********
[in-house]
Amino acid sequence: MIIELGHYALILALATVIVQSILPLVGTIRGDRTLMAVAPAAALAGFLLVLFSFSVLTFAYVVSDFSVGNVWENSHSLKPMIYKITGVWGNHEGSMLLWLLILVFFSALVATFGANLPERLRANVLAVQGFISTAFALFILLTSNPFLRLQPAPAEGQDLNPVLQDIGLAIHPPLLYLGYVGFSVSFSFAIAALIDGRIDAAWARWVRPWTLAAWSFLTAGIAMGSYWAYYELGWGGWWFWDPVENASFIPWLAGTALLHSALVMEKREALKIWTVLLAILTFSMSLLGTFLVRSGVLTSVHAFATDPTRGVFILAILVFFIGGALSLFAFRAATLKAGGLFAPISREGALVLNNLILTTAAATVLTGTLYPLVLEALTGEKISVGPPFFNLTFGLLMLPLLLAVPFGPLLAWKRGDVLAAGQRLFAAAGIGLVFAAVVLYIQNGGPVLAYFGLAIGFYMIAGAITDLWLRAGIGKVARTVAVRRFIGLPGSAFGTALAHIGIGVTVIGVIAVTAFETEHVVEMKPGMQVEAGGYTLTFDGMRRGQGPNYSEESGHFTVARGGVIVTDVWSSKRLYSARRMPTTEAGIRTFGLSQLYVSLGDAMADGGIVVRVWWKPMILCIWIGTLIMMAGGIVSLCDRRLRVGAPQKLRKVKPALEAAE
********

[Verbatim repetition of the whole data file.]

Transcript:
[in-house]
Amino acid sequence: MIIELGHYALILALATVIVQSILPLVGTIRGDRTLMAVAPAAALAGFLLVLFSFSVLTFAYVVSDFSVGNVWENSHSLKPMIYKITGVWGNHEGSMLLWLLILVFFSALVATFGANLPERLRANVLAVQGFISTAFALFILLTSNPFLRLQPAPAEGQDLNPVLQDIGLAIHPPLLYLGYVGFSVSFSFAIAALIDGRIDAAWARWVRPWTLAAWSFLTAGIAMGSYWAYYELGWGGWWFWDPVENASFIPWLAGTALLHSALVMEKREALKIWTVLLAILTFSMSLLGTFLVRSGVLTSVHAFATDPTRGVFILAILVFFIGGALSLFAFRAATLKAGGLFAPISREGALVLNNLILTTAAATVLTGTLYPLVLEALTGEKISVGPPFFNLTFGLLMLPLLLAVPFGPLLAWKRGDVLAAGQRLFAAAGIGLVFAAVVLYIQNGGPVLAYFGLAIGFYMIAGAITDLWLRAGIGKVARTVAVRRFIGLPGSAFGTALAHIGIGVTVIGVIAVTAFETEHVVEMKPGMQVEAGGYTLTFDGMRRGQGPNYSEESGHFTVARGGVIVTDVWSSKRLYSARRMPTTEAGIRTFGLSQLYVSLGDAMADGGIVVRVWWKPMILCIWIGTLIMMAGGIVSLCDRRLRVGAPQKLRKVKPALEAAE